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No. 14 Penn State Seeks To Find Its Killer Instinct Versus Niagara

The Nittany Lions face off against the winless Purple Eagles in a Thursday-Friday series.

Who: University Of Niagara Purple Eagles
When: Thursday 7 p.m. / Friday 7 p.m.
Where: Pegula Ice Arena, University Park, Pa.
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The Niagara Purple Eagles come to town with a couple of wounded wings. The team has yet to win its first game in seven chances, sporting a record of 0-5-2 in the early-going this season. This is a chance for the Lions to take control of the game early and assert itself as one of the top teams in the nation.

Last season Penn State traveled to Niagara for a one-game set and the team came out flat. It was able to hold on, tying the Purple Eagles 1-1 in overtime. It was a game that the Lions could have, arguably should have, won if it had the right mindset entering the game.

Guy Gadowsky has praised his team for its high hockey IQ all season. The fifth-year head coach feels his team has the tools and instincts to compete at a high level against any opponent that comes its way. There is one instinct that may be missing from some of his players — the killer instinct.

In previous seasons, his squads’ most prominent weakness has been an inability to play a complete game. His teams have either featured slow starts or weak finishes during his time at Penn State, factors that, while infrequent, have been apparent early this season.

“It’s one of those things that you think, ‘Well what’s the big deal? Just talk about it and you got it.’ It’s not that,” Gadowsky said Monday. “It’s a lot harder to execute than it is to talk about. There’s a big difference between talking about it and actually being put in the situation and executing it.”

The No. 14 Nittany Lions came out flat in their second matchup with then-No. 16 St. Lawrence, allowing three goals in the opening five minutes. After Gadowsky pulled goalie Peyton Jones in favor of Chris Funkey as a wake up call to his team, the Lions put forth a better effort and played even hockey with the Saints for the remaining 55 minutes.

On the other side of the coin, the Lions started strong in their first game against Canisius last weekend, pumping 54 shots on goal in the first two periods, aided by several power plays early. That momentum did not carry over to the third period, however, as the Golden Griffins fought back to nearly pull even.

If it weren’t for a disallowed goal for the Griffins and an empty-net goal, the Lions faced the possibility of tying or losing a game they should have handled easily.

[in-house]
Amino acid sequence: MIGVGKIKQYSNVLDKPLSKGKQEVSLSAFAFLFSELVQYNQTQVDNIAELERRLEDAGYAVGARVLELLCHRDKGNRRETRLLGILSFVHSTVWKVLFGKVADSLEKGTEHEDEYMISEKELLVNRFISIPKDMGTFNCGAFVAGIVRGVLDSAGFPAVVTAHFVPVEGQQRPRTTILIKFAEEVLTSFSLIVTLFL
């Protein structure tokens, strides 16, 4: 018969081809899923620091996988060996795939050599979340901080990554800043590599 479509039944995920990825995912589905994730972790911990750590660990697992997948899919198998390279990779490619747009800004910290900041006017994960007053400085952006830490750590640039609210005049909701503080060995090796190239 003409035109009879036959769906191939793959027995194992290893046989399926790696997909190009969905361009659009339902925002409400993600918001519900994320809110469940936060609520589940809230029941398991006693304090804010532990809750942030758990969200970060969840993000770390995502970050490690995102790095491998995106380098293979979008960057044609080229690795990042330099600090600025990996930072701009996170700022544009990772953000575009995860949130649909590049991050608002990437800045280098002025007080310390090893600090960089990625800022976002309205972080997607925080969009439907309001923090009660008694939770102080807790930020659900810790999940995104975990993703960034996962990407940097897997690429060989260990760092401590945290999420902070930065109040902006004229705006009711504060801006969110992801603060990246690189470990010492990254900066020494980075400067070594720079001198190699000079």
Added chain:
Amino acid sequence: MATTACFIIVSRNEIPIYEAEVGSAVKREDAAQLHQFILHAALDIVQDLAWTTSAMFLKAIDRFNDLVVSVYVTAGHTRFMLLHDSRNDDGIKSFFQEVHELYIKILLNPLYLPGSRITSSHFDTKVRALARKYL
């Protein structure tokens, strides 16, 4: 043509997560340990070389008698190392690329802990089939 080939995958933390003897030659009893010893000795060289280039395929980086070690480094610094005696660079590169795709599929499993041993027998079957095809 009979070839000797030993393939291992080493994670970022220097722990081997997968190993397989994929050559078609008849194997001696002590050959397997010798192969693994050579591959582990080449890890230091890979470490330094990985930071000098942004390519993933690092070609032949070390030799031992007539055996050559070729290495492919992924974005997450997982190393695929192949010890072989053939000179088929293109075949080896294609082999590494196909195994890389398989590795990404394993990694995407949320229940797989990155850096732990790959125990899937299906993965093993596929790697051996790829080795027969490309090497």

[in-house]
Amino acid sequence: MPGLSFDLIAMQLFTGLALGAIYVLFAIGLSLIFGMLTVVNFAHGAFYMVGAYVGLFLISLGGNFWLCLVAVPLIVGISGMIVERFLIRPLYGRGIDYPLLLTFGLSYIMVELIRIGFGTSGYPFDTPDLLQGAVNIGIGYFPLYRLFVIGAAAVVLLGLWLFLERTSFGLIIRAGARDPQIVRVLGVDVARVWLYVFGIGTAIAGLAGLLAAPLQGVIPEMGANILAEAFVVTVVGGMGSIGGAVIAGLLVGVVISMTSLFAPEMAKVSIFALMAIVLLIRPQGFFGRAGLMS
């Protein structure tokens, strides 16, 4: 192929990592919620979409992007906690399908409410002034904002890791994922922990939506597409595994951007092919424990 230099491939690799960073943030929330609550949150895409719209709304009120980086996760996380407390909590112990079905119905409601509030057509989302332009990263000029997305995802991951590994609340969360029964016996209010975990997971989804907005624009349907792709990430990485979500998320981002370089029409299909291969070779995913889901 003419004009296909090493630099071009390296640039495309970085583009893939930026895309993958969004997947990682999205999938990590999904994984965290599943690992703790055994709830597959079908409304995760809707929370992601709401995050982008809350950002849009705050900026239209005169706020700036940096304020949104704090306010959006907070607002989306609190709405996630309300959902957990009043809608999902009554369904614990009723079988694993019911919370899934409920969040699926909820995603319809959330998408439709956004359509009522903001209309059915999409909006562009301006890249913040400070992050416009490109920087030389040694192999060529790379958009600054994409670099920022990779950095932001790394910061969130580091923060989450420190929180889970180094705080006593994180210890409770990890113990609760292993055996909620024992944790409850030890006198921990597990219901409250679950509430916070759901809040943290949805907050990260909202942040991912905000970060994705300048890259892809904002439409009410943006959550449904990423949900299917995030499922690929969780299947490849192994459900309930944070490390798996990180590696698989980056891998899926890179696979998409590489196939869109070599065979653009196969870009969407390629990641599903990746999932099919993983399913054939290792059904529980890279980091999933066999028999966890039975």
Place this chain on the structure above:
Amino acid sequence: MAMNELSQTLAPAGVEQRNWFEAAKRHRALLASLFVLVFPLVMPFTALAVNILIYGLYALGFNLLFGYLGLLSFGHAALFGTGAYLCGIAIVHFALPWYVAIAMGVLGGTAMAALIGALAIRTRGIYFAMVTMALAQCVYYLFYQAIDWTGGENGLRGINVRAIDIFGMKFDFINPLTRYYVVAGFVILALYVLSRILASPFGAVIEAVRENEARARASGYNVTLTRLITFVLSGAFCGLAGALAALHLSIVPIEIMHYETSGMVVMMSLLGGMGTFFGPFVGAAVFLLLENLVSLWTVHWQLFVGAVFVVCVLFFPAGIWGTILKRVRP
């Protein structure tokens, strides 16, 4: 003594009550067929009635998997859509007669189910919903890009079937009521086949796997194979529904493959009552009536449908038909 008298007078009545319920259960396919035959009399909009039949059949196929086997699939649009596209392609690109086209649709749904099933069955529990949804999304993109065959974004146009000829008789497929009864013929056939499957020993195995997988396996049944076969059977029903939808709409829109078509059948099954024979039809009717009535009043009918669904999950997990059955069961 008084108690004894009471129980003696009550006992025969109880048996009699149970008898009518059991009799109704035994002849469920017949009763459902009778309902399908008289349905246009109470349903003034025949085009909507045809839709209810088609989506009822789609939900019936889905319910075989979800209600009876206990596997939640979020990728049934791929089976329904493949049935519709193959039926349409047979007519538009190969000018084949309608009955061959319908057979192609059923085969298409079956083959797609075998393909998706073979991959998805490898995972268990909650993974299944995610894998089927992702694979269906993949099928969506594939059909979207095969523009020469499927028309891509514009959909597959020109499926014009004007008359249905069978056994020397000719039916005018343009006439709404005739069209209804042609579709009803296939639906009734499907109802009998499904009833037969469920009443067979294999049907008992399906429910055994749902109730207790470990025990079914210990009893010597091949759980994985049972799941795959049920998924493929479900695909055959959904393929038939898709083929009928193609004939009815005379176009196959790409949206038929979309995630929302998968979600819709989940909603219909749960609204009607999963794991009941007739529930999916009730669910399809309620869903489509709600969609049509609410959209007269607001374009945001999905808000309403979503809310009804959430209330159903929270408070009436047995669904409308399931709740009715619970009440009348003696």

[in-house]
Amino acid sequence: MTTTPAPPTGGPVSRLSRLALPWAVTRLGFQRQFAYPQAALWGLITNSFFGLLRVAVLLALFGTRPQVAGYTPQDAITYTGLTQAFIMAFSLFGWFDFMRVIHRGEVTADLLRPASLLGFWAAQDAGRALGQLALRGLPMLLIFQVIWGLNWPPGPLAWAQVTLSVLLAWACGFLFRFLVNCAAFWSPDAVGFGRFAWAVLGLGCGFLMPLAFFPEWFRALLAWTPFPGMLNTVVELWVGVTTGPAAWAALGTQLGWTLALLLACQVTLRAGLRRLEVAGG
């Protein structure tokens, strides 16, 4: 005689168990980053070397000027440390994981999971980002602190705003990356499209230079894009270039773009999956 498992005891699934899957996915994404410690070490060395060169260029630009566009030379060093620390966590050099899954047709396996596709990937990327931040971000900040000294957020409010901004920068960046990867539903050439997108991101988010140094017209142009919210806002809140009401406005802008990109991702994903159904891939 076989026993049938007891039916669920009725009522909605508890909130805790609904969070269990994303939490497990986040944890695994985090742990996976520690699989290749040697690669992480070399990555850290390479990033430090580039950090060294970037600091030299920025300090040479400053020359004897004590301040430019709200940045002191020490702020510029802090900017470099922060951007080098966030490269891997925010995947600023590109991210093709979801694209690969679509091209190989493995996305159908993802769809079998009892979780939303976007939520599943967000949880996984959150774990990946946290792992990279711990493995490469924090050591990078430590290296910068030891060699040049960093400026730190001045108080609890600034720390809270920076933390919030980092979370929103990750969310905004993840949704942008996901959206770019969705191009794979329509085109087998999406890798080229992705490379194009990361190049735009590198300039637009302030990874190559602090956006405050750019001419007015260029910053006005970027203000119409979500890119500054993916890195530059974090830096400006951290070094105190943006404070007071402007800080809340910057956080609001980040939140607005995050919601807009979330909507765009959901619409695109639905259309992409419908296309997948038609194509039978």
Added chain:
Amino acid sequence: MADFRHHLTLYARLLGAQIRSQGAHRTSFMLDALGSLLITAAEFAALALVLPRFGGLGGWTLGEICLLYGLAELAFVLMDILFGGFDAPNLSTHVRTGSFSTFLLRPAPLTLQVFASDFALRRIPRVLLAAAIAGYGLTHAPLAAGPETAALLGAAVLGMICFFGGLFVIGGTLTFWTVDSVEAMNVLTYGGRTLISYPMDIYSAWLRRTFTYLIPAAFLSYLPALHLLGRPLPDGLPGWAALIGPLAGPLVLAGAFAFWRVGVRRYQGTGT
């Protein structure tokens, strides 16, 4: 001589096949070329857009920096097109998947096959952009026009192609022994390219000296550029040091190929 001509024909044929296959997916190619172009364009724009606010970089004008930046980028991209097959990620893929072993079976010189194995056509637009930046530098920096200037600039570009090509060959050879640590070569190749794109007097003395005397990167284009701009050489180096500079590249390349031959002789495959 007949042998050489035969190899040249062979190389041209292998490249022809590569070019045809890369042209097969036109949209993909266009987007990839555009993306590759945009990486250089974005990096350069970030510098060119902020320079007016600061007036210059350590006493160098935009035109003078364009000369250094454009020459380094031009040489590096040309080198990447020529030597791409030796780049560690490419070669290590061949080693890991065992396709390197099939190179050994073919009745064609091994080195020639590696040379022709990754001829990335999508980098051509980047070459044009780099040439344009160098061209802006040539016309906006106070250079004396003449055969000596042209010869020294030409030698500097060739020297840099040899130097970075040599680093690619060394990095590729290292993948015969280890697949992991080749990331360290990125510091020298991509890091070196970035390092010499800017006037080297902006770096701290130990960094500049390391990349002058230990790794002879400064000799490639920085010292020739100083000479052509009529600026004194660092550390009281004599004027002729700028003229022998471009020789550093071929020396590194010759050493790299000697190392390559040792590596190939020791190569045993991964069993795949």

Gadowsky views these situations as learning experiences that will help his players develop that killer instinct that he feels separates the top programs from the rest of the pack.

“You have to go through the experiences. I really don’t think there’s anything you can do in practice to really simulate that situation,” he said. “That’s why every opportunity you get like that is a learning experience and an opportunity for growth.”

Gadowsky will hope for a more complete effort this week against another Northern New York opponent in Niagara University, a team still seeking its first win seven games into the season. The Purple Eagles are coming off a weekend in which they were swept by Ohio State while being outscored 16-4.

Yielding goals has been the Eagles’ problem area this season - they rank next to last in team defense, giving up 5.71 goals per game. Only Princeton has a worse mark, though the Tigers have played only one game, a 6-2 loss to Michigan State.

The Lions, meanwhile, feature one of the nation’s top offenses, averaging four goals per game, tied for seventh best in the country. They are also averaging 43.57 shots per game, over five shots per game more than the next closest team.

Gadowsky anticipated prior to the season that his team may not shoot the puck as much as it had in previous years, as his players featured a higher hockey IQ. This would allow his players to cycle the puck more to find the best opportunity to score, rather than overwhelming the opposition with shots.

In fact, the opposite may be the case, as the Lions are averaging more shots per game than they did when Casey Bailey was leading the nation with 211 shots.

The best explanation Gadowsky can muster for this is that he has more players who like to shoot the puck, rather than having a clear big shooter like he did with Bailey. After the success the Lions have had early this season, he hopes nothing changes.

“Our record’s pretty good. I think we’re getting a lot of good chances. And we’re scoring goals,” Gadowsky said. “So, we sort of like what we’re doing.”